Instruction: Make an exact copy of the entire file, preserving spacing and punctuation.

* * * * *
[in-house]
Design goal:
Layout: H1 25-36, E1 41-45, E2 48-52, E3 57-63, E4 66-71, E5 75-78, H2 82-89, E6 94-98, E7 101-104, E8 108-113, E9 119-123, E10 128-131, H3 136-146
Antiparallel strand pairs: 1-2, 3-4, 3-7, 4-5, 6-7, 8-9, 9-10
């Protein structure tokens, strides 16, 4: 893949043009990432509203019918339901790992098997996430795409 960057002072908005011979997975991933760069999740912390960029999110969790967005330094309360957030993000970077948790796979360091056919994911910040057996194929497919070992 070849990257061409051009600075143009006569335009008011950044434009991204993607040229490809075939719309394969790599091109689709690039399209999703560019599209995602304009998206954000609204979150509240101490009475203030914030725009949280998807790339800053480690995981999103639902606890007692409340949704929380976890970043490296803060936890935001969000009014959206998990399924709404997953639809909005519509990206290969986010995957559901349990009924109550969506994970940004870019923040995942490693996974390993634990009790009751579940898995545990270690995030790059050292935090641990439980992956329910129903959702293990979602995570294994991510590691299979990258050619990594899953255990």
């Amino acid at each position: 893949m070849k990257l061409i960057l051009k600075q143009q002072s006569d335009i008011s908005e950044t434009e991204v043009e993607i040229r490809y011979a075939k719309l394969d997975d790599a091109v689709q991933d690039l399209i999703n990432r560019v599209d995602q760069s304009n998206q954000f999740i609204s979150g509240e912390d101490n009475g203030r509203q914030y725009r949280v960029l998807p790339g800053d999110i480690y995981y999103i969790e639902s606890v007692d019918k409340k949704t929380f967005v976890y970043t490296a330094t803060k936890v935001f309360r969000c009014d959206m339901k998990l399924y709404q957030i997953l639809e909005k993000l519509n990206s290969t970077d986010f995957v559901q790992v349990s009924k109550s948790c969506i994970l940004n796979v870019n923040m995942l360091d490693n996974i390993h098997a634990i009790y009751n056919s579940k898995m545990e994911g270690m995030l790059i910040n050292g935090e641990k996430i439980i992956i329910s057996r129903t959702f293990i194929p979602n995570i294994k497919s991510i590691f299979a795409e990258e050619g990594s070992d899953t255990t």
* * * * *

[in-house]
Design goal:
Layout: H1 25-36, E1 41-45, E2 48-52, E3 57-63, E4 66-71, E5 75-78, H2 82-89, E6 94-98, E7 101-104, E8 108-113, E9 119-123, E10 128-131, H3 136-146
Antiparallel strand pairs: 1-2, 3-4, 3-7, 4-5, 6-7, 8-9, 9-10
């Protein structure tokens, strides 16, 4: 893949043009990432509203019918339901790992098997996430795409 960057002072908005011979997975991933760069999740912390960029999110969790967005330094309360957030993000970077948790796979360091056919994911910040057996194929497919070992 070849990257061409051009600075143009006569335009008011950044434009991204993607040229490809075939719309394969790599091109689709690039399209999703560019599209995602304009998206954000609204979150509240101490009475203030914030725009949280998807790339800053480690995981999103639902606890007692409340949704929380976890970043490296803060936890935001969000009014959206998990399924709404997953639809909005519509990206290969986010995957559901349990009924109550969506994970940004870019923040995942490693996974390993634990009790009751579940898995545990270690995030790059050292935090641990439980992956329910129903959702293990979602995570294994991510590691299979990258050619990594899953255990």
């Amino acid at each position: 893949m070849k990257l061409i960057l051009k600075q143009q002072s006569d335009i008011s908005e950044t434009e991204v043009e993607i040229r490809y011979a075939k719309l394969d997975d790599a091109v689709q991933d690039l399209i999703n990432r560019v599209d995602q760069s304009n998206q954000f999740i609204s979150g509240e912390d101490n009475g203030r509203q914030y725009r949280v960029l998807p790339g800053d999110i480690y995981y999103i969790e639902s606890v007692d019918k409340k949704t929380f967005v976890y970043t490296a330094t803060k936890v935001f309360r969000c009014d959206m339901k998990l399924y709404q957030i997953l639809e909005k993000l519509n990206s290969t970077d986010f995957v559901q790992v349990s009924k109550s948790c969506i994970l940004n796979v870019n923040m995942l360091d490693n996974i390993h098997a634990i009790y009751n056919s579940k898995m545990e994911g270690m995030l790059i910040n050292g935090e641990k996430i439980i992956i329910s057996r129903t959702f293990i194929p979602n995570i294994k497919s991510i590691f299979a795409e990258e050619g990594s070992d899953t255990t």